The Angry Sexy Feminist Post

El_Paral·lel_1894-1939-_exhibit_at_CCCB_in_Barcelona_(97)Eusebi_Planes-_Noble_Juego_del_TresilloOver the weekend, I went to a Bodysex workshop with Betty Dodson and Carlin Ross. I didn’t talk about it much in advance because I was nervous and not sure what everyone else would think about my doing this. I’m back home now, and I can’t stop talking about it and thinking about it. I knew I wanted to write about it, but I couldn’t figure out what to say.

Then I had this dream:

I owe a lot of money to several men, and every time I accept help from another man, it leads to me being more deeply compromised. I feel harassed, threatened, and deeply ashamed. I don’t know why I owe anyone anything, yet I feel so very wrong. I go home to my parents but can’t bring myself to ask for their help because doing so would mean admitting that I am somehow wrong, even though I don’t think I’ve done anything to deserve this. But there is a light at the end of the tunnel: I keep picturing the face of one of the women from the Bodysex workshop. Every time I picture her face, I feel comforted. My instincts tell me I can go to her for help. She will not shame me, and she will help me find my way.

My alarm went off before I could go visit the woman in my dream, but as I wrote it down, I realized just how powerful the workshop was. Having known these women for only a couple days, they have already worked their way into my dreams. One woman’s smiling face is now a symbol of hope, love, and acceptance. I have never in my life felt safer and more beautiful than I did in Betty Dodson’s living room surrounded by these beautiful, strong women.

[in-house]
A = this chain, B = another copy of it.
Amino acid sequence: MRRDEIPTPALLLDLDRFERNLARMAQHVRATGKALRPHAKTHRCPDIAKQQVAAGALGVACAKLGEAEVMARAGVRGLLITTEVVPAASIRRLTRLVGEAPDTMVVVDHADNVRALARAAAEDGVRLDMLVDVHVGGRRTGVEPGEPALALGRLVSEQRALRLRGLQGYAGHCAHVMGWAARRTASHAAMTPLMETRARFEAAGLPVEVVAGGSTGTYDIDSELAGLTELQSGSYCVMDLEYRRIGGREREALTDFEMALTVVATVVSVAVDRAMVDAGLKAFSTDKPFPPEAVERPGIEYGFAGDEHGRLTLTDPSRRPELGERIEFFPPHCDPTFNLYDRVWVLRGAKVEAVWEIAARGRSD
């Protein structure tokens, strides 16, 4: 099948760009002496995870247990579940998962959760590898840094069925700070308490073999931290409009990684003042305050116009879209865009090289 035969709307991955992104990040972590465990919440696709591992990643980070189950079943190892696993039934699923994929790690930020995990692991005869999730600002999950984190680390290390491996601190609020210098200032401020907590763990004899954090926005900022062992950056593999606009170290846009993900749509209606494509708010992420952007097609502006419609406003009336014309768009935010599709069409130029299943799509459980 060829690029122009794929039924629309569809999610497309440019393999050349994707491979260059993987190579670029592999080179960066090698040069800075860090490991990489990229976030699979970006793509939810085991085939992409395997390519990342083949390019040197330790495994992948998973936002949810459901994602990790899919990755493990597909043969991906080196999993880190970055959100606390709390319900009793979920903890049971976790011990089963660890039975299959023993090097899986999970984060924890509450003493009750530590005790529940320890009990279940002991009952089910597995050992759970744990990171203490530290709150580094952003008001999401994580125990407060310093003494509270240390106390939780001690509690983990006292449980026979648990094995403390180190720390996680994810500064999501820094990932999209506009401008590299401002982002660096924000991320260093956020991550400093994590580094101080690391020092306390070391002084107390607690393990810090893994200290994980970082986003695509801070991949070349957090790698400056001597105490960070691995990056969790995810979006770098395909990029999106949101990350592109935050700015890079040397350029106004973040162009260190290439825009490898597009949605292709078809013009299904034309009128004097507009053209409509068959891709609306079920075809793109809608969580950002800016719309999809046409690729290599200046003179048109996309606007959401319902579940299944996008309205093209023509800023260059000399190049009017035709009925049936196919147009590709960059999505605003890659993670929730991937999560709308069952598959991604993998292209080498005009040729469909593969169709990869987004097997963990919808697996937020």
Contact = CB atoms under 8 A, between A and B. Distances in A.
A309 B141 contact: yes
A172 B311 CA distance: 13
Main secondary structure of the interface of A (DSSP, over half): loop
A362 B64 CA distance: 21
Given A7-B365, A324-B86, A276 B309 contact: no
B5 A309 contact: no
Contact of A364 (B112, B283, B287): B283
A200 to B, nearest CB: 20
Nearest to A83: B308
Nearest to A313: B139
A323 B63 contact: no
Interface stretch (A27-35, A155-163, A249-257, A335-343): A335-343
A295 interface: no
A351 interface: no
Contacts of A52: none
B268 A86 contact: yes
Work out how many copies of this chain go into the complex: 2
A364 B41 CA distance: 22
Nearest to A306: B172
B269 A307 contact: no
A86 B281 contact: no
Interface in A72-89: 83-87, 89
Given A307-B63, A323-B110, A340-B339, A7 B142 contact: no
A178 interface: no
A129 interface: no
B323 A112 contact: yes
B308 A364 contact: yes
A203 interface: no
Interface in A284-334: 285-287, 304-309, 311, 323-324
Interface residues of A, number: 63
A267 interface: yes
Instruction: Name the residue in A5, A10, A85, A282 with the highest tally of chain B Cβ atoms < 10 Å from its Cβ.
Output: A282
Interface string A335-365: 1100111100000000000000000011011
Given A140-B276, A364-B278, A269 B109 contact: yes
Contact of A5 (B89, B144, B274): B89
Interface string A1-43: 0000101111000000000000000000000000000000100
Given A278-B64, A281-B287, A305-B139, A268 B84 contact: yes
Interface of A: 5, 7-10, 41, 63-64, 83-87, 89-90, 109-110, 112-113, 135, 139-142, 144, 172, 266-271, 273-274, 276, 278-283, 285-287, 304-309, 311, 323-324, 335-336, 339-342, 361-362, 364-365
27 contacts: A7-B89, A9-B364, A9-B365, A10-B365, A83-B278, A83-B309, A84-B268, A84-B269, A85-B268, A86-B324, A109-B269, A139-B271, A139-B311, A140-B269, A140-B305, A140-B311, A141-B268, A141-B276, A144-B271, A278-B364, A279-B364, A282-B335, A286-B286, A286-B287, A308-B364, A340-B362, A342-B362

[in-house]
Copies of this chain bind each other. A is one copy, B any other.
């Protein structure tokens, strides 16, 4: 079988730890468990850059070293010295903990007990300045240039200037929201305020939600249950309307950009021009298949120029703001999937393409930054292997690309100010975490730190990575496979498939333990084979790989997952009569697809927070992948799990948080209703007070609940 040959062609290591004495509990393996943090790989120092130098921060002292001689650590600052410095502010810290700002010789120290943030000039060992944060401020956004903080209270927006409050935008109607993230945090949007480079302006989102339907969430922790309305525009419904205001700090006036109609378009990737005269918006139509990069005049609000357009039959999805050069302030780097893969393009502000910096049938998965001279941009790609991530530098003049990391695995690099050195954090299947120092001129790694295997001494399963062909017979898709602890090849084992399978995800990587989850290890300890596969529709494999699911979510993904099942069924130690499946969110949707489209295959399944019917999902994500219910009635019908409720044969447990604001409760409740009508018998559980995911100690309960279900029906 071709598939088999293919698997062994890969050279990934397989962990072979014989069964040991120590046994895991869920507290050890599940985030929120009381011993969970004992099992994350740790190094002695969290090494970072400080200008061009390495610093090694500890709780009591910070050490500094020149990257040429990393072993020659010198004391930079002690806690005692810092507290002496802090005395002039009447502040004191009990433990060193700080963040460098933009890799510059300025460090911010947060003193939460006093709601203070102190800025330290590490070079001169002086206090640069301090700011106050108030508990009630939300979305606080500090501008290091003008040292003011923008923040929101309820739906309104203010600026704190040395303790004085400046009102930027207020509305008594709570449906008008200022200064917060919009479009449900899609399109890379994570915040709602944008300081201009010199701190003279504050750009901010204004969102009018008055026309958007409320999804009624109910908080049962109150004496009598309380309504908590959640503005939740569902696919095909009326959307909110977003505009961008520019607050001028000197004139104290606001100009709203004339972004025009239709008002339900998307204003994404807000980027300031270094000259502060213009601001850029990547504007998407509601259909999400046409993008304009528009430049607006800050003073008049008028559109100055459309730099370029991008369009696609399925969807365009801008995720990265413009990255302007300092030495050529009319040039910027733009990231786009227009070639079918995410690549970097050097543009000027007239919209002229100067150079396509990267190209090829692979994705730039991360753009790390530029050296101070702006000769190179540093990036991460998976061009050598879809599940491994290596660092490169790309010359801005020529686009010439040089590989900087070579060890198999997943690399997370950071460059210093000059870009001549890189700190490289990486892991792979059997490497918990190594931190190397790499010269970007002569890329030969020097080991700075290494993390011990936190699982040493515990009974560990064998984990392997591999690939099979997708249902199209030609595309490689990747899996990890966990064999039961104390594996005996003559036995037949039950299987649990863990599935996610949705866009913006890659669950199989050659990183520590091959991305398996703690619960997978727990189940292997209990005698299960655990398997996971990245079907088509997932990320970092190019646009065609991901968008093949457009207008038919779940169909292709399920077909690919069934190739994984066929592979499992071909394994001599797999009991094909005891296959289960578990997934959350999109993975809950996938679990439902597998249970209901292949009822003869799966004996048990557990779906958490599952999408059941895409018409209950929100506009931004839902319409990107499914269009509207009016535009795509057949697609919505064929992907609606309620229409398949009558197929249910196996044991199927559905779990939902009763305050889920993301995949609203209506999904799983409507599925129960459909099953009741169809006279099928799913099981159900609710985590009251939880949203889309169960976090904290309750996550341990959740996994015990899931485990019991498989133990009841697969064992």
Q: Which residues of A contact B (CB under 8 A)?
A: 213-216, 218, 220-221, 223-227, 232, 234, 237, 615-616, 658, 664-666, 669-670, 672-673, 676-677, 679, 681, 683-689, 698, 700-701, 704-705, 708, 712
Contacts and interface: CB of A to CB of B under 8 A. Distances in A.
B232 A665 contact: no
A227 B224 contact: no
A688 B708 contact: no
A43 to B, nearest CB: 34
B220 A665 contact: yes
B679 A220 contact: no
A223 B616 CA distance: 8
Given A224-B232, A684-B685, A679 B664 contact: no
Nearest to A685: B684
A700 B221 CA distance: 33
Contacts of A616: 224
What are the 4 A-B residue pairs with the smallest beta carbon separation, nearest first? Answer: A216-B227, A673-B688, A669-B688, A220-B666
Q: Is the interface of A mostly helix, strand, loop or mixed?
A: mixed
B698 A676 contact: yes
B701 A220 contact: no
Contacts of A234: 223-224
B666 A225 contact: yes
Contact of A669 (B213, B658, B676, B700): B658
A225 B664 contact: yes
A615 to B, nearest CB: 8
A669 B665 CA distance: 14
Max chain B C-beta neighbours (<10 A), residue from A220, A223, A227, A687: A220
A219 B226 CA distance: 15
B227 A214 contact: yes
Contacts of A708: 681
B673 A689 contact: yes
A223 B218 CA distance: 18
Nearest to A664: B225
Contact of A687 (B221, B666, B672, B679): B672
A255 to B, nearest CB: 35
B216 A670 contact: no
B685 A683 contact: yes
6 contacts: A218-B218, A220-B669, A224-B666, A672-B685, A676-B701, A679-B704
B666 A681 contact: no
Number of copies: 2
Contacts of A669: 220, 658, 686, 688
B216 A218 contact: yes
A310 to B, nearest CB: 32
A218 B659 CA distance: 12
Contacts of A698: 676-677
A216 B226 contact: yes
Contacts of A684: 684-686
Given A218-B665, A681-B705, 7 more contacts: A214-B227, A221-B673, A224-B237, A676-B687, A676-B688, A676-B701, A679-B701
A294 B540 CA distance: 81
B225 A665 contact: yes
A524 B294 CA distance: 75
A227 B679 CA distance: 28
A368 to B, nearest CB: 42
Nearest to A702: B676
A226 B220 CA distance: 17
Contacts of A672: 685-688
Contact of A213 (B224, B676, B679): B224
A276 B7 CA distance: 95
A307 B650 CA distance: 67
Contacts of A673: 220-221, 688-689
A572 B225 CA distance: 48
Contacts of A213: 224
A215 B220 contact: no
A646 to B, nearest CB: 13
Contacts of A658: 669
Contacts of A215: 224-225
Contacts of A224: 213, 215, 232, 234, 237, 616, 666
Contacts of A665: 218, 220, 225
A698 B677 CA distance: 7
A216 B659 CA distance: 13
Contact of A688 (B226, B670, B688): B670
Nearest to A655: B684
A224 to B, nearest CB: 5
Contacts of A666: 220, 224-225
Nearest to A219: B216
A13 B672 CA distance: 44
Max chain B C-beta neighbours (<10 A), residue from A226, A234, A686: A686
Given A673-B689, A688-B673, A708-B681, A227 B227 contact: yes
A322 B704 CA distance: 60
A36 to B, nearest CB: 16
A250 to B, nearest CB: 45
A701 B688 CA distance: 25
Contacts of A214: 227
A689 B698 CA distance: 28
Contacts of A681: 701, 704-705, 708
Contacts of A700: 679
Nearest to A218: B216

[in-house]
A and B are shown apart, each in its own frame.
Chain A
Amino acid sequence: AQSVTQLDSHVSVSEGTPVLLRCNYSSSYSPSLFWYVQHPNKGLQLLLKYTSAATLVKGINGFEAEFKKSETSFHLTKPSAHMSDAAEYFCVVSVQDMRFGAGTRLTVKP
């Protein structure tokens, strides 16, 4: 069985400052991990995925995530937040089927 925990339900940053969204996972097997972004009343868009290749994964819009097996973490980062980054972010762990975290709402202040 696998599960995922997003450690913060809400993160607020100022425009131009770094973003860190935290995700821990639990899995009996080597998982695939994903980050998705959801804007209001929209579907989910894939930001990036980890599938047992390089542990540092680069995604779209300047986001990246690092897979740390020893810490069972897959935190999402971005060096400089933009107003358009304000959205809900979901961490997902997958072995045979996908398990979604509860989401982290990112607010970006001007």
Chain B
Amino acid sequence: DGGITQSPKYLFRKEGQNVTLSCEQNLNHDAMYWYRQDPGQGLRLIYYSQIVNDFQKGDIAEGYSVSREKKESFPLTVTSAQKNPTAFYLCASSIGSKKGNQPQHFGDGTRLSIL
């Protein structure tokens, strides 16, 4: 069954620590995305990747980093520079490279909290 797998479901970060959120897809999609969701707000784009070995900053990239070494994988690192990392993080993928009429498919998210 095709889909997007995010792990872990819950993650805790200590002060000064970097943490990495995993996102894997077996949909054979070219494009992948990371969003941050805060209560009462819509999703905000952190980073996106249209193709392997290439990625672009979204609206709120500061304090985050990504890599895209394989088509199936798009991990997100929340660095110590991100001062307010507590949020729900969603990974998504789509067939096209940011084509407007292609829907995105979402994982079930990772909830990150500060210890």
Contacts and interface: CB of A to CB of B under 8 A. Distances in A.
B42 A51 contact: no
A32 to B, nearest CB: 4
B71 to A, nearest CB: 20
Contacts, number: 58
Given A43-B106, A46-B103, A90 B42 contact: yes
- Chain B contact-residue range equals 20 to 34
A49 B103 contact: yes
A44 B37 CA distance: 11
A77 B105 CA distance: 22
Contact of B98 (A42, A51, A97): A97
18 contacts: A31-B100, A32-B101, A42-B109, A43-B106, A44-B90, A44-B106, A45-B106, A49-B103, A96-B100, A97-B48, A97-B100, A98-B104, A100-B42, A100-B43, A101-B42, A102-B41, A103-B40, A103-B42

I’ve been trying to write about this workshop since Sunday evening when I took the train home and wrote copious notes about everything I’d seen, heard and experienced. I’ve been talking about the workshop to anyone who will listen while also feeling self-conscious about explaining it to people. Try telling your friends you just spent two days naked in a room full of strangers and it wasn’t weird. See what kind of response you get. My experience has been that everyone wants to be happy for you, but they’re also sortof perplexed and afraid you will disrobe at any moment without warning now that you’re a great big hippy feminist. And honestly? If I could get away with it, I would. One young woman in the workshop said it best: “Clothes never fit exactly right. But this?” she said, motioning to her own skin, “This is a perfect fit.” 

But here’s the thing: It was the most miraculous, warm, supportive, joyful, sensual and healing experience I’ve had … maybe ever. Over thousands of years of twisted social programming, we have been taught to hate and fear women’s bodies and women’s desires. To be in a room full of women and embrace and celebrate our bodies feels like an absolute goddamn revolution. It was literally one big room full of bad bitches.

Furthermore, Betty Dodson is my personal hero and has been since I was like eight years old (no kidding) when I saw one of her workshops on a documentary and thought, “I want to do that.” So, in some ways I feel like I was born to do this work.

“And what is this work?” you might ask. For me, it’s the work of teaching women to love their bodies, teaching people that women are to be respected and revered, making people realize that when you judge, hate, and abuse women, you’re doing a disservice to humanity. For me, the work is dispelling the idea that Eve was made of Adam’s rib. Fuck that noise. You got born out of a vulva, ok? So stop acting like women are dirty. Hating women is hating the truth about where you came from.

At the end of the workshop, Betty had us all circle up again, look each other in the eyes, and commit to carrying on the work. Loving, accepting, and celebrating women can change the world, but there’s a lot of work to do, and it starts with us.

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